diorite statue of Khafre, which was discovered buried upside down along with other debris in the Valley Temple, is claimed as support for the Khafra theory.
The Dream Stele, erected much later by the pharaoh Thutmose IV (1401–1391 or 1397–1388 BC), associates the Sphinx with Khafra. When the stele was discovered, its lines of text were already damaged and incomplete, and only referred to Khaf, not Khafra. An extract was translated:
which we bring for him: oxen ... and all the young vegetables; and we shall give praise to Wenofer ... Khaf ... the statue made for Atum-Hor-em-Akhet.[11]
The Egyptologist Thomas Young, finding the Khaf hieroglyphs in a damaged cartouche used to surround a royal name, inserted the glyph ra to complete Khafra's name. When the Stele was re-excavated in 1925, the lines of text referring to Khaf flaked off and were destroyed.

Dissenting hypotheses[edit]

Theories held by academic Egyptologists regarding the builder of the Sphinx and the date of its construction are not universally accepted, and various persons have proposed various alternative hypotheses about both the builder and the dating.

Early Egyptologists[edit]

Some of the early Egyptologists and excavators of the Giza pyramid complex believed the Great Sphinx and other structures in the Sphinx enclosure predated the traditionally given construction date of around 2500 BC in the reign of Khafre.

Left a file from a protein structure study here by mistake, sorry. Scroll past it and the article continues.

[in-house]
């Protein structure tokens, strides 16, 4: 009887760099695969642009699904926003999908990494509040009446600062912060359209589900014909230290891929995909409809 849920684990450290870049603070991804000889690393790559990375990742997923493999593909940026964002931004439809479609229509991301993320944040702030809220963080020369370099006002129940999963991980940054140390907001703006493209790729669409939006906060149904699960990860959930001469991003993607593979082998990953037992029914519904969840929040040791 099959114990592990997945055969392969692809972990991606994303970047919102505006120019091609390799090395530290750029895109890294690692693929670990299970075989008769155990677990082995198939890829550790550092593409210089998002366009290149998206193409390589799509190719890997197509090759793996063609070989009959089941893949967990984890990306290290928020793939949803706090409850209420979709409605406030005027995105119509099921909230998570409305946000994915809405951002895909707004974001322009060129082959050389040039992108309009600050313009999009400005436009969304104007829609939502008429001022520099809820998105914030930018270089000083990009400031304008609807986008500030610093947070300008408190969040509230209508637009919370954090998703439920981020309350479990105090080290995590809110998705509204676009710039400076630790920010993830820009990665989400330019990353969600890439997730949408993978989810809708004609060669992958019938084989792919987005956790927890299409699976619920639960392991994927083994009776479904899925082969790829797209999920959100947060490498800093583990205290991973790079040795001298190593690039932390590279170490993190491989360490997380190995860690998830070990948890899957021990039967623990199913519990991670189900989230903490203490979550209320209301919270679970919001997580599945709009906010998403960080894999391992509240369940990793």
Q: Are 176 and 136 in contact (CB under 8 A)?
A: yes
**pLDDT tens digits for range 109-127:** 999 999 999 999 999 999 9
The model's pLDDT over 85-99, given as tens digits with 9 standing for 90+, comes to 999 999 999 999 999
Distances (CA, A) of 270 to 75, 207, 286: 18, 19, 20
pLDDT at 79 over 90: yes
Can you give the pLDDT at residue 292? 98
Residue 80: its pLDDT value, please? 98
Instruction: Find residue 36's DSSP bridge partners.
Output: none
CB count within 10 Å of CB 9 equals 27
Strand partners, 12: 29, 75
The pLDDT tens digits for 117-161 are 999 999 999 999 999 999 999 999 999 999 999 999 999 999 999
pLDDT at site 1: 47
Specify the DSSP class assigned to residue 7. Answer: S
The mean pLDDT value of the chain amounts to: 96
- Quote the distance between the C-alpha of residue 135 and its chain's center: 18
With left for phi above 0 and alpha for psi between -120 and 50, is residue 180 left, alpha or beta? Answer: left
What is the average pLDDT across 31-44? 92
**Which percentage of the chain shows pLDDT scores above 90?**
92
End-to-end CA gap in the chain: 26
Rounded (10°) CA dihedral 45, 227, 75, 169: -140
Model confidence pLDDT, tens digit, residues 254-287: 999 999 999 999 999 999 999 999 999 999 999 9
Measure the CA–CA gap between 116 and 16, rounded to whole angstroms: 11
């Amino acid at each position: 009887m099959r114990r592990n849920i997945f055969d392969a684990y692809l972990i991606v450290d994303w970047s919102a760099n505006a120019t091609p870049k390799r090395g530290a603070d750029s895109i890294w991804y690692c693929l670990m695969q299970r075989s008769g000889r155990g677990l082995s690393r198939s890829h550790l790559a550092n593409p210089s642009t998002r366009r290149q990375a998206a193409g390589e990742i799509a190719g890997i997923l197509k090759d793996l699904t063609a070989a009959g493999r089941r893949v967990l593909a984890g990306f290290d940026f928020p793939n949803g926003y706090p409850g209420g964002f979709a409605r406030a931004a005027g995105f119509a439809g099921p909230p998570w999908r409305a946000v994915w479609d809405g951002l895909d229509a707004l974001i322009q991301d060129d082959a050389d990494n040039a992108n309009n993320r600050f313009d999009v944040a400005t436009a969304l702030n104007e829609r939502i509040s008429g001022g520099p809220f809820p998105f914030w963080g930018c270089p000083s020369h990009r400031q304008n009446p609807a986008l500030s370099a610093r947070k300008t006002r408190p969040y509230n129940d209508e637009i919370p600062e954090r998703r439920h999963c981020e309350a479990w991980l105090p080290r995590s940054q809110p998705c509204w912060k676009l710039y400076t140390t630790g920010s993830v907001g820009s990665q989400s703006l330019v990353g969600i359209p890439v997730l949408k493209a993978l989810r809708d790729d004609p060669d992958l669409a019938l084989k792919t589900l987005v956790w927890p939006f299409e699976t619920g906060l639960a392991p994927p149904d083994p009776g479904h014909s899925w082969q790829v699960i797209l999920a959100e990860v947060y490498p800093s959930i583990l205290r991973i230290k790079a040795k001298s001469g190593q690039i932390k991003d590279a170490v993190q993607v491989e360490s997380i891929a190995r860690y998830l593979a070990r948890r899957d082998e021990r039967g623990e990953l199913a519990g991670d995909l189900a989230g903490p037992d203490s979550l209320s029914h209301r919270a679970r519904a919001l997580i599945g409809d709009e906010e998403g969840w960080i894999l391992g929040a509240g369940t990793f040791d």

In 1857, Auguste Mariette, founder of the Egyptian Museum in Cairo, unearthed the much later Inventory Stela (estimated Dynasty XXVI, c. 678–525 BC), which tells how Khufucame upon the Sphinx, already buried in sand. Although certain tracts on the Stela are considered good evidence,[12] this passage is widely dismissed as Late Period historical revisionism,[13] a purposeful fake, created by the local priests with the attempt to certify the contemporary Isis temple an ancient history it never had. Such an act became common when religious institutions such as templesshrines and priest's domains where fighting for political attention and for financial and economic donations.[14][15]